- Emperor Xian of Han returns to Luoyang, which has been ravaged by war, and seeks for the protection of warlord Cao Cao. He is advised to move the capital to Xuchang; the Emperor becomes a pawn in the hands of the Chinese warlords.
- February 19 – Battle of Lugdunum: Emperor Septimius Severus defeats the self-proclaimed emperor Clodius Albinus at Lugdunum (modern Lyon). Albinus commits suicide; legionaries sack the town.
- Septimius Severus returns to Rome and has about 30 of Albinus's supporters in the Senate executed. After his victory he declares himself the adopted son of the late Marcus Aurelius.
- Septimius Severus forms new naval units, manning all the triremes in Italy with heavily armed troops for war in the East. His soldiers embark on an artificial canal between the Tigris and Euphrates.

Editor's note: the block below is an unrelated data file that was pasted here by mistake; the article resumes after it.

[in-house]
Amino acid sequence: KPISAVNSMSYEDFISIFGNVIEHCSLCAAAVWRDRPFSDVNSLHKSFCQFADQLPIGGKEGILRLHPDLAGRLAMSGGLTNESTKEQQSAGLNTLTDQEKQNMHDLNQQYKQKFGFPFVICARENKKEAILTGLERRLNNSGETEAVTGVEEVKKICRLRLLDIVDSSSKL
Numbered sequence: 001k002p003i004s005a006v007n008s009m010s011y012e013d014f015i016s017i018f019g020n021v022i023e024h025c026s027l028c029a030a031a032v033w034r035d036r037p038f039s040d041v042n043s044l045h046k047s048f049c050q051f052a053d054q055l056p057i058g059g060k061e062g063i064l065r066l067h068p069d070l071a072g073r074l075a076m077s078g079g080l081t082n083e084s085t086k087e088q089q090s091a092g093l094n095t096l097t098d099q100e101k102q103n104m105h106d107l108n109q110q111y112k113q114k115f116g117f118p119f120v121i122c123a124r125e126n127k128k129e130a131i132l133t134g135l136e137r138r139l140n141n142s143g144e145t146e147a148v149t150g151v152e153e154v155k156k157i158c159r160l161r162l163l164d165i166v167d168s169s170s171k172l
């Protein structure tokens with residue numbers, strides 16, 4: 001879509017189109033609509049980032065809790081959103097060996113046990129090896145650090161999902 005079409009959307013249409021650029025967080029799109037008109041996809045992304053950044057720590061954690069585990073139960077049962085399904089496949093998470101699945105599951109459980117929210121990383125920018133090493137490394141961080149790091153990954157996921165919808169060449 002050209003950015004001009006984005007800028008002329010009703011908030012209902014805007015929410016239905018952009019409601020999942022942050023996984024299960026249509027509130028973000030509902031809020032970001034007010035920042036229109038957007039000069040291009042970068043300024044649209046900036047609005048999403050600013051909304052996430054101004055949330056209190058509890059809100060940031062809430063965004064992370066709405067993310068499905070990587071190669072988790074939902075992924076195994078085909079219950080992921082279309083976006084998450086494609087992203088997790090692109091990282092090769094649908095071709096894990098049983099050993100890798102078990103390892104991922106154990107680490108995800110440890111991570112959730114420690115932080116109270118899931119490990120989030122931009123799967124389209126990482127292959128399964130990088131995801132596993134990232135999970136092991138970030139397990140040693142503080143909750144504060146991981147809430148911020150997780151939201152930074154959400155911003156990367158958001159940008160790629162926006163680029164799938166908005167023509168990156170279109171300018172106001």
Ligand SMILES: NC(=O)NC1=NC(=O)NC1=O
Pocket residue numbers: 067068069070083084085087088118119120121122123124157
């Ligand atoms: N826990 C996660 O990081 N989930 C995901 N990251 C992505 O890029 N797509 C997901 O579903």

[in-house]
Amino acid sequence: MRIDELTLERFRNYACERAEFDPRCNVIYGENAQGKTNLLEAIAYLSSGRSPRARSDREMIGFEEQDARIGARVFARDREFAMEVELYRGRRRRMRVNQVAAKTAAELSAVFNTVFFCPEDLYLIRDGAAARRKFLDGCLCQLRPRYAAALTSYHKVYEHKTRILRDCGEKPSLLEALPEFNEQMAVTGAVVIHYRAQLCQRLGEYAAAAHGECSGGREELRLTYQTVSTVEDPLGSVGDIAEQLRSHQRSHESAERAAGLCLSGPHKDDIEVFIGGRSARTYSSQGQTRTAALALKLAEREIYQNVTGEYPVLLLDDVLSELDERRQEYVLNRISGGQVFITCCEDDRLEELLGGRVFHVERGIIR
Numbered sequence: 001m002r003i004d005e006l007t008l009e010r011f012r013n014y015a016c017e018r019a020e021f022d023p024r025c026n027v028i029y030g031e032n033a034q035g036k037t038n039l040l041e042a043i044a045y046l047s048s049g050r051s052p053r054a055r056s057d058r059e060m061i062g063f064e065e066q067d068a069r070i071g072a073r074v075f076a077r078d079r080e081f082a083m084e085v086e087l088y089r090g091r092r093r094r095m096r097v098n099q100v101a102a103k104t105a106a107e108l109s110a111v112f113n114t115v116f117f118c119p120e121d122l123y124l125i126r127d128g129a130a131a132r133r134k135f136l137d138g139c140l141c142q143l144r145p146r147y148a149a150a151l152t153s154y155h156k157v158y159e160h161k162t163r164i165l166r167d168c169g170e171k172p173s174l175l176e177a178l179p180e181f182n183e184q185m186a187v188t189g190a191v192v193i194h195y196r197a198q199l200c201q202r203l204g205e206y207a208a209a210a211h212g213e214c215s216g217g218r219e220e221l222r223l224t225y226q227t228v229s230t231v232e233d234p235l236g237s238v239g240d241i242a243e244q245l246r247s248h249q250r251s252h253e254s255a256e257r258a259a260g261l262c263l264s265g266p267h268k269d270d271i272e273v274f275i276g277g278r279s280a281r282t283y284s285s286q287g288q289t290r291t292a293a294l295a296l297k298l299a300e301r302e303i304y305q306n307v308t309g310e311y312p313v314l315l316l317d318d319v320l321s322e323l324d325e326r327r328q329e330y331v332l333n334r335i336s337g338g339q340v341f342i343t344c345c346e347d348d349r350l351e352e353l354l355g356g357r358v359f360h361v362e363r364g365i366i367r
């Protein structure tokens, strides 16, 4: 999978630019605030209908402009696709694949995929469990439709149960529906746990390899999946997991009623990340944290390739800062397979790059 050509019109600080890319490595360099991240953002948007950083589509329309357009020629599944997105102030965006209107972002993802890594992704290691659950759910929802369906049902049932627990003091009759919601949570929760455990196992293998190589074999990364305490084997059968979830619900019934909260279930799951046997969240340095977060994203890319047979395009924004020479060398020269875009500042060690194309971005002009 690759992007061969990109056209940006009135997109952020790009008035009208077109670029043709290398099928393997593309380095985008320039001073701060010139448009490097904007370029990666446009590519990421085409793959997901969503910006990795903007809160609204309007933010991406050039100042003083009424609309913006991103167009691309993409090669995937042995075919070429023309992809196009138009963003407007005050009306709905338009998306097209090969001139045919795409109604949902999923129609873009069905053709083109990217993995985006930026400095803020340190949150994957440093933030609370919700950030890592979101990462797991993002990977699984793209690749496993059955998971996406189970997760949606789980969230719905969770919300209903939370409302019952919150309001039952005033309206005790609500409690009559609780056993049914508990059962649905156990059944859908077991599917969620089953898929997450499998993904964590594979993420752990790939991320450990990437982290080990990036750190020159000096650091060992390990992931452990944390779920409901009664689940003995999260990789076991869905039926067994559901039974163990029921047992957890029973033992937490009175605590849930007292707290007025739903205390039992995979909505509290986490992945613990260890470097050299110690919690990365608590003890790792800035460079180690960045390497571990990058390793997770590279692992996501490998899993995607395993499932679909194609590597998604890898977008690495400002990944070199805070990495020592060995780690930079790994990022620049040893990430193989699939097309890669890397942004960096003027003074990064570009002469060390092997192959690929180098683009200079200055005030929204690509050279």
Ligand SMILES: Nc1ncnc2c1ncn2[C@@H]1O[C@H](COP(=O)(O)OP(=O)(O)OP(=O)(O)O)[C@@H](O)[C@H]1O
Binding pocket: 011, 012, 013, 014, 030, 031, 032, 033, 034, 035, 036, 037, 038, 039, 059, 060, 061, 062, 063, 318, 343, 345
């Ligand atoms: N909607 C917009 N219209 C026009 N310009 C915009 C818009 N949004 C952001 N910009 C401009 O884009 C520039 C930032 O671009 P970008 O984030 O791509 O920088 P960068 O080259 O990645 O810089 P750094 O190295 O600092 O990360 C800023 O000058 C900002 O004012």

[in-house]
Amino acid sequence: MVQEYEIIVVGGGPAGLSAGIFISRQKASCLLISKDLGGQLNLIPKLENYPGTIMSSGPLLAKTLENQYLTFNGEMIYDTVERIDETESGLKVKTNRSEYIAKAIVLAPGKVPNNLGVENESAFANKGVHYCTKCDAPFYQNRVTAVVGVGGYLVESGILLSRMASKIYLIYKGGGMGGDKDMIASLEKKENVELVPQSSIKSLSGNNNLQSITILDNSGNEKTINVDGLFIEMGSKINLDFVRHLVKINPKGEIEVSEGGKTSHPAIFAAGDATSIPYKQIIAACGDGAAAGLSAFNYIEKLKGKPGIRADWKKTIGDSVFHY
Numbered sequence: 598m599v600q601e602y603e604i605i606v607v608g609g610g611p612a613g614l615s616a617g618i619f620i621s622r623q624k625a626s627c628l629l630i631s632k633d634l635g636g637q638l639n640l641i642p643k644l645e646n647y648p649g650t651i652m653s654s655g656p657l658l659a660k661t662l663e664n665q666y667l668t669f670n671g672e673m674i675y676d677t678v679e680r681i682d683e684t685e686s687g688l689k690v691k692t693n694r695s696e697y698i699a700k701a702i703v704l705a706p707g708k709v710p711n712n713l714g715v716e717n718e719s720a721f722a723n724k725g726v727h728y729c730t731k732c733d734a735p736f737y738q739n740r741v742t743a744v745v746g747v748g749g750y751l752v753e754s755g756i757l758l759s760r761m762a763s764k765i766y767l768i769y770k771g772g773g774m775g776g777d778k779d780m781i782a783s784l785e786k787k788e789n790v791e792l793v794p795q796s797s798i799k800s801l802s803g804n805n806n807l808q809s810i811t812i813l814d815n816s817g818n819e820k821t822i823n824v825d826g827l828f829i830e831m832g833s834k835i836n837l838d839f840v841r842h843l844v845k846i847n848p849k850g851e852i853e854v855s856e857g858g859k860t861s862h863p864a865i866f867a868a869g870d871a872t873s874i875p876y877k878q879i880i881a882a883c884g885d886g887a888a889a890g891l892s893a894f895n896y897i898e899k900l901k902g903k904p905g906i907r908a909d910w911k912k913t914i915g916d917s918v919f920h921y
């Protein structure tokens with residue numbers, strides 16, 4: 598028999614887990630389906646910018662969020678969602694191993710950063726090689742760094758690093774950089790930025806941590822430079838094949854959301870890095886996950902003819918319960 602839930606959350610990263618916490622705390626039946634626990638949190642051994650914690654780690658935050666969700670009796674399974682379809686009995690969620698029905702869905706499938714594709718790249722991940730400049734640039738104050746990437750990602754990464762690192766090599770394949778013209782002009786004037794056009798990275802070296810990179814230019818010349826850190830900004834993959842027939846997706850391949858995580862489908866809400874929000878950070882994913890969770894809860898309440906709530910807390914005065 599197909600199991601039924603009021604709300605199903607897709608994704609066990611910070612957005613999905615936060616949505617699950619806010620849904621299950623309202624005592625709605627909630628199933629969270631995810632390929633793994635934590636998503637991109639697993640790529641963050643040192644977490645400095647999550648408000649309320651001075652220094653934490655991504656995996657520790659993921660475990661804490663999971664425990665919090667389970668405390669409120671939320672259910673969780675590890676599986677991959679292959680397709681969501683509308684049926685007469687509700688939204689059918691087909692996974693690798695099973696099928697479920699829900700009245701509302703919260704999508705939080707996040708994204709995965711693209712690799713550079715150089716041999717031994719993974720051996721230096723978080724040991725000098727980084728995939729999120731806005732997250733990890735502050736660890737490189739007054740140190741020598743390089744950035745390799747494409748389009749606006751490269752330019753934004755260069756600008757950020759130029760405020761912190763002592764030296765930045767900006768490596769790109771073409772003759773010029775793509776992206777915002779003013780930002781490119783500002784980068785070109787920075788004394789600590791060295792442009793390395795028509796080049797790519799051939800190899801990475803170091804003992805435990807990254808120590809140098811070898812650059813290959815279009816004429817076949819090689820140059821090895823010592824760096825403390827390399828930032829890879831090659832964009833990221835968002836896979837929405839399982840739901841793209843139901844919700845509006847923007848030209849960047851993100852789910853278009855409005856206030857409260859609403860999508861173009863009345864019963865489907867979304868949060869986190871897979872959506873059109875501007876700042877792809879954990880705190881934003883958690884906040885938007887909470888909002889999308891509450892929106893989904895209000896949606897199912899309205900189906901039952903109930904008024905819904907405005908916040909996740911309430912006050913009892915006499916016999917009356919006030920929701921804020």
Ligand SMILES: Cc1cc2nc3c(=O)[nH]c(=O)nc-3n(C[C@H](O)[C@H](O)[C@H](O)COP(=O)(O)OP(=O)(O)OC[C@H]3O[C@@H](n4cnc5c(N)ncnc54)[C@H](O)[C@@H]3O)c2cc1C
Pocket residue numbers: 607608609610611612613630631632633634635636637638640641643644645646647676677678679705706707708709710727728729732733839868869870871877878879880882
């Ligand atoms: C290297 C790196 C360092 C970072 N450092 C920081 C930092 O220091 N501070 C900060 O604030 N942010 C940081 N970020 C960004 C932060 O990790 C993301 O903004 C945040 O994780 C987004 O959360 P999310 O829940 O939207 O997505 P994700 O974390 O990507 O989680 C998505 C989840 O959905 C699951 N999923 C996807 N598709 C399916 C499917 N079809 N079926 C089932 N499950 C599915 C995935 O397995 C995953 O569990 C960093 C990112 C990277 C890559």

- Legio I, II, and III Parthica are levied by Septimius Severus for his Parthian campaign.
- The Roman army marches east to repel a Parthian invasion of Mesopotamia; they loot the royal palace at Ctesiphon and capture an enormous number of its inhabitants as slaves.
- Septimius Severus reconstitutes the Province of Mesopotamia under an equestrian governor commanding two legions.
- Septimius Severus, who had spared the Senate at the beginning of his reign, now excludes it from controlling the Roman empire by declaring a military dictatorship.
- Battle of Wancheng: Zhang Xiu launches a surprise attack at Cao Cao.
- Yuan Shu declares himself emperor of the short-lived Zhong dynasty.
- Sansang becomes ruler of the Korean kingdom of Goguryeo.
Art and ScienceEdit
- Galen's major work on medicines, Pharmacologia, is published.